In practice, 300 bits per second didn’t seem slow. In fact, the range of online services available to microcomputer owners in 1980 was quite astonishing, given their small number. A Bell-compatible modem such as the Pennywhistle or Novation Cat provided access to searchable databases such as Dialog and Dow Jones, as well as communications services such as CompuServe and The Source. Despite the hype, microcomputers alone can sometimes seem overwhelming to an audience primed for visions of all-powerful, superhuman “world brains.” But, as one Byte contributor told me, the experience of using an online “information retrieval service” felt like consulting an electronic oracle. The oracle accepted questions on just about any subject – “from aardvarks to zymurgy” – and the answers seemed immediate. “What’s Your Time Worth?” asked another Byte writer, comparing the size and speed of an online database to a “well-stocked public library.” Furthermore, exploring electronic databases was fun. A Dialog representative likened searching his system to an “adventure” and joked that it was “much less frustrating” than the computer game of the same name. In fact, many early modem owners came to believe that retrieving information online would be the killer app propelling computer ownership into the mainstream.
Yet it was not access to other machines, but access to other people that ultimately led to the adoption of telephone modems among microcomputer owners. Just as email created a sense of community among ARPANET researchers and timesharing brought thousands of Minnesota teachers and students together, dial-up modems helped catalyze a growing network of microcomputer enthusiasts. While timeshare network users tended to access a central computer through a “dumb” terminal, microcomputer network users often found themselves typing on a microcomputer. In other words, there was a symmetry between the users and hosts of microcomputer networks. The same device — a microcomputer and modem — that was used to dial into a BBS can be reused to host one. Microcomputers were more expensive than simple terminals, but they were much cheaper than the minicomputers used in today’s timeshare environments.
Like many fans and enthusiasts, computer hobbyists were eager to connect with others who shared their passion for hands-on technology. News and information about telephone networks was disseminated through the pre-existing network of regional computer clubs, trade shows, newsletters and magazines. In early 1979, a first wave of modem owners gathered on bulletin board systems such as CBBS in Chicago and ABBS in San Diego to talk about their hobby. In a 1981 article for InfoWorld, Craig Vaughan, creator of ABBS, described these early years as an awakening: “Suddenly everyone was talking about modems, what they’d read on this and that bulletin board, or any of the alternatives to Ma Bell. .. was most reliable for long distance data communication.” By 1982 there were hundreds of BBSs across North America, and the topics of discussion grew beyond the computer hobby itself.Vaughan compared the participatory culture of BBSs to amateur radio and argued that modems transformed the computer from a business tool into a medium for personal use. expression Slow connection speeds have not slowed the spread of the modem world.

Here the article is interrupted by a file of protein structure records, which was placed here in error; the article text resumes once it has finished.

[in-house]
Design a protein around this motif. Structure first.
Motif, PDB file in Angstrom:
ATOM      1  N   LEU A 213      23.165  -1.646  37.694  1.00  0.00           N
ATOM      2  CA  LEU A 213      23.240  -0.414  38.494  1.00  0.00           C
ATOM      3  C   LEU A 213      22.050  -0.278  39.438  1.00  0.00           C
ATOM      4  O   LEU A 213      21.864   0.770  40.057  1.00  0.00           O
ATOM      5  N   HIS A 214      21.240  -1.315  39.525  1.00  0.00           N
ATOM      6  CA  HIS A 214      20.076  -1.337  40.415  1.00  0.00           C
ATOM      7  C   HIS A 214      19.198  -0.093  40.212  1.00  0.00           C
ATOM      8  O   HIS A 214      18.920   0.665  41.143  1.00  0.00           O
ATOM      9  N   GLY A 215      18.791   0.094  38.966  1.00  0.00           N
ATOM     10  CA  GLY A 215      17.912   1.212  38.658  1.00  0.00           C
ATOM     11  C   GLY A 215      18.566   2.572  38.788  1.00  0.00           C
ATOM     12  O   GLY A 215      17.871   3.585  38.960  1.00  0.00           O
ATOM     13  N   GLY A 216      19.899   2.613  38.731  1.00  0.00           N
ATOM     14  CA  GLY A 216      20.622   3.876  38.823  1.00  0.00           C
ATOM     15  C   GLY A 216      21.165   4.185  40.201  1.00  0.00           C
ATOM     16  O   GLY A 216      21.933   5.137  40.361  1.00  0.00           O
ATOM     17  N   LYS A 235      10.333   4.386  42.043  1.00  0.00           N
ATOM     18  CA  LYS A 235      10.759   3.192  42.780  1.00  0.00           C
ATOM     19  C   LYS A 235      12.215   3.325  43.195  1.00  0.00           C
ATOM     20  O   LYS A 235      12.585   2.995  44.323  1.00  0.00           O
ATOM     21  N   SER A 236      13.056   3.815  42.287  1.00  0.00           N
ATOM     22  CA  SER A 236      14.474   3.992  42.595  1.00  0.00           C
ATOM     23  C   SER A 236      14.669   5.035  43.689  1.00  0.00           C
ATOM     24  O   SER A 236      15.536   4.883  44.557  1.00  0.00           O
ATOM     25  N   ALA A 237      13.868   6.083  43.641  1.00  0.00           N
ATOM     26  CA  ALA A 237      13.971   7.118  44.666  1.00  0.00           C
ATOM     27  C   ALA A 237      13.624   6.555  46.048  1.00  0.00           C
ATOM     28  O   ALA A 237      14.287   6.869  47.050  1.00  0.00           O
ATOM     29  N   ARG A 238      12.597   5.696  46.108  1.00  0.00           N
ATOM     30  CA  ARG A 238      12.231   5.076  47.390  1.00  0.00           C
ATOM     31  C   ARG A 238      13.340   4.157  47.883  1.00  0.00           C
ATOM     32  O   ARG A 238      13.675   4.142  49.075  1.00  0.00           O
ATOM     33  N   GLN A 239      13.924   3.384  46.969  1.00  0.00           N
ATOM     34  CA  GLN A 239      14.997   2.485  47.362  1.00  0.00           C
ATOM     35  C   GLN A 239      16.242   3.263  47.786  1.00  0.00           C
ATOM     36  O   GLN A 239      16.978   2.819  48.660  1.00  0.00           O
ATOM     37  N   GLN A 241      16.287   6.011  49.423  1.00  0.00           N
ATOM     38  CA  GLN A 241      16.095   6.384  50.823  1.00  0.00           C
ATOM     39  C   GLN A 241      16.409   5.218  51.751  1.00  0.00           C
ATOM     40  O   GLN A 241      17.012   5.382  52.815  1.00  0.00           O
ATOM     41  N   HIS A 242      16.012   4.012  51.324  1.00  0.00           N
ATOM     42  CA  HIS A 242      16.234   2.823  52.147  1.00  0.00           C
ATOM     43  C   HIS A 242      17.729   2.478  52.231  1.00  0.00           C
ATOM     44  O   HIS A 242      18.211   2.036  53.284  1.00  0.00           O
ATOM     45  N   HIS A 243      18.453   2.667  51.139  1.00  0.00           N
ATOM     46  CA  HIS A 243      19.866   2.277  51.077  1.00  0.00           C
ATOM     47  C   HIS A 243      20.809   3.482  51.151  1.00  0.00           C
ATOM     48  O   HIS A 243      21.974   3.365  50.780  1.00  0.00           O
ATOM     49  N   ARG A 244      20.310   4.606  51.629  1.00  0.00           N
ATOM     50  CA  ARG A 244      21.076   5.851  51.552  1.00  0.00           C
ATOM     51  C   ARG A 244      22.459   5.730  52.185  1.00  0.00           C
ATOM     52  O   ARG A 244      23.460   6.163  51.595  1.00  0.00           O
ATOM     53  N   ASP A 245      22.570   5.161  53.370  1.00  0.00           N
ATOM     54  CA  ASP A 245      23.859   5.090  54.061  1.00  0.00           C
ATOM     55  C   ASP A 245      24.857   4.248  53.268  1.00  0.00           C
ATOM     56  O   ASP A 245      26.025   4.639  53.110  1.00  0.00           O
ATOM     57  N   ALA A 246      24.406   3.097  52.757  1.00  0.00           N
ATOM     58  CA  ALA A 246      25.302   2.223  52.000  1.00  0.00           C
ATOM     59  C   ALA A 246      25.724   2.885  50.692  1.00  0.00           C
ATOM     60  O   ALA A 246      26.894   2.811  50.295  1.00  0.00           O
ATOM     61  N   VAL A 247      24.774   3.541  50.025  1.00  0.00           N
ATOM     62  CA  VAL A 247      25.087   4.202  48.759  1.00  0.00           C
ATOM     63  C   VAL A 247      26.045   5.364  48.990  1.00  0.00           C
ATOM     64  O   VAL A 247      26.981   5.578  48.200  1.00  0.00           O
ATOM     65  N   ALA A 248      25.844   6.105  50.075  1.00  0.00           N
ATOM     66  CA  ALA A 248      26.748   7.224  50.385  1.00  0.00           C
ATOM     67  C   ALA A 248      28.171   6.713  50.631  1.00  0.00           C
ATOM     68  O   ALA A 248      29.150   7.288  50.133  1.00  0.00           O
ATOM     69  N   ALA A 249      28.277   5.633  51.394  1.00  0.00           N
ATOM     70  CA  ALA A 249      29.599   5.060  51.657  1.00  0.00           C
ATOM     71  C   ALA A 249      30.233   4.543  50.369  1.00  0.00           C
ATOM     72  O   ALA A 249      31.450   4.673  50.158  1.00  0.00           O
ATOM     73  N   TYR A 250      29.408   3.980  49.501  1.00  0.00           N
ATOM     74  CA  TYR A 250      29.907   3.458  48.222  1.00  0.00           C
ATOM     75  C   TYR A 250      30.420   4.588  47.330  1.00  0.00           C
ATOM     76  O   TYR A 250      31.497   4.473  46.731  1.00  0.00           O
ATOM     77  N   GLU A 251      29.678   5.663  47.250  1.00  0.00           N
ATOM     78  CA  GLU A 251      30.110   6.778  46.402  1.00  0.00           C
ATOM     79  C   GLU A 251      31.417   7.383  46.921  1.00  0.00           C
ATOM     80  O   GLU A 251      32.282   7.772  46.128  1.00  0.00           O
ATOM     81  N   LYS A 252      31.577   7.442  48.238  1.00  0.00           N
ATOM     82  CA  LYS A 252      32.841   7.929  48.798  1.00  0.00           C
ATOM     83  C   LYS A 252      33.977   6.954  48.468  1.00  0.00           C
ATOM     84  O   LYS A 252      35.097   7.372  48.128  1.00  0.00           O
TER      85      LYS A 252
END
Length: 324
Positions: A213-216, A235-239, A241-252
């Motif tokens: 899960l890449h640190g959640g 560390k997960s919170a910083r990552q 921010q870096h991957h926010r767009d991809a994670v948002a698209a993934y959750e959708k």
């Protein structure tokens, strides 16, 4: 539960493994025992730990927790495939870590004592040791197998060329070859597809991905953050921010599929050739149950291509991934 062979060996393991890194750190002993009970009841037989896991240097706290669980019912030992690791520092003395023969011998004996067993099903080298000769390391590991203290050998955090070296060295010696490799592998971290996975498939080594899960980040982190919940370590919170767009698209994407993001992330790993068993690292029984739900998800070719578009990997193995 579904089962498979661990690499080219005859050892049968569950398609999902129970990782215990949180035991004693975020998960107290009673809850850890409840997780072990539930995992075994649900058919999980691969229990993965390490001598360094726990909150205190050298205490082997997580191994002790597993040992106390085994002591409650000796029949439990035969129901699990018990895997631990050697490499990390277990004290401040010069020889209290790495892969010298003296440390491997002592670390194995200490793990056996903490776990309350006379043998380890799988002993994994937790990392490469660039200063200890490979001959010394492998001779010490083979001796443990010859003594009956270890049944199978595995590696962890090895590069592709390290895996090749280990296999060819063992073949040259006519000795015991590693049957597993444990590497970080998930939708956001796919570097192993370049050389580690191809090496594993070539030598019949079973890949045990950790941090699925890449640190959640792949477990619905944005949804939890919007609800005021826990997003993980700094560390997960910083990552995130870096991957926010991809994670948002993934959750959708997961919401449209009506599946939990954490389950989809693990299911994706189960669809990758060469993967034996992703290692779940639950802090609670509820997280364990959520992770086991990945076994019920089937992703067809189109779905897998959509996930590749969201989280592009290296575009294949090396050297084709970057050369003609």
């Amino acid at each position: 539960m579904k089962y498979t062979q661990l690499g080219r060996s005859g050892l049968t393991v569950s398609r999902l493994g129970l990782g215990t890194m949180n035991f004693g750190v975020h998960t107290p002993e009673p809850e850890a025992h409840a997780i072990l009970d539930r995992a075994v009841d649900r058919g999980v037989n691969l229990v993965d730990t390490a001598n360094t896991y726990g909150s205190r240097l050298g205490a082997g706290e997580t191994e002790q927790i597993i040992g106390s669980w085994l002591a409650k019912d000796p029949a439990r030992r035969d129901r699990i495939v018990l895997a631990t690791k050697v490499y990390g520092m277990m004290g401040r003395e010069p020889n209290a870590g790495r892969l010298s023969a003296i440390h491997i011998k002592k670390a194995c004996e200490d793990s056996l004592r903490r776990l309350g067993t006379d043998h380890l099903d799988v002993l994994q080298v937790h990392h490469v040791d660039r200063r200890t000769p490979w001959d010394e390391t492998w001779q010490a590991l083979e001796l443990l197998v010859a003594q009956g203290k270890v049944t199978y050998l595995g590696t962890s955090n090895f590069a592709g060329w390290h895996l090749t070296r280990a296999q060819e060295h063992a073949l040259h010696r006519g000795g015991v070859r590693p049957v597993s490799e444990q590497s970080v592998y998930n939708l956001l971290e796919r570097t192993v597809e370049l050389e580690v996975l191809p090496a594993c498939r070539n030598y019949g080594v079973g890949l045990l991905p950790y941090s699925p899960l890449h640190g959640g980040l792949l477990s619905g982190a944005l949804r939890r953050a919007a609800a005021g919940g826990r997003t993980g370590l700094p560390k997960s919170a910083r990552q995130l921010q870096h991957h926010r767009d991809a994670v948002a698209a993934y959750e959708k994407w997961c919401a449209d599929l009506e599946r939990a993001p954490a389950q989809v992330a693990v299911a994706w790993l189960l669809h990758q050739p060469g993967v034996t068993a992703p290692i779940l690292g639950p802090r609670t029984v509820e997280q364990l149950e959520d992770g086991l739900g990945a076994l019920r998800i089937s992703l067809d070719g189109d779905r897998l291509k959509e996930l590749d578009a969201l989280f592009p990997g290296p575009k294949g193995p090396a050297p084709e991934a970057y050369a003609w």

True to the original metaphor of the “computerized bulletin board,” all early BBSs provided two core functions: read old messages or post a new message. At this elaborate stage, the distinction between ‘files’ and ‘messages’ can be rather vague. In a 1983 instruction book for BBS software developers, Lary Myers described three types of files that are accessible to users: messages, bulletins, and downloads. Although all three were stored and sent as strings of ASCII characters, Myers distinguished “the message file” as the defining feature of the BBS. The message file was available around the clock, providing an ‘electronic bulletin board’ for the caller community: a place to post announcements, questions or comments ‘for the good of all’. Myers’ sample routine, written in BASIC, identified each message with a unique number and stored all messages on the system in one randomly accessible file. A comment in Myers’ code suggested that eighty messages would be a reasonable maximum for systems running on a TRS-80. A caller to such a system asked to type messages by typing numbers on their keyboard, and the system extracted the corresponding string of characters from the message file. New messages were added to the end of the message file and when the maximum number of messages was reached, the system simply overwritten the old ones. Like bulletin board flyers, messages on a BBS were not expected to last forever.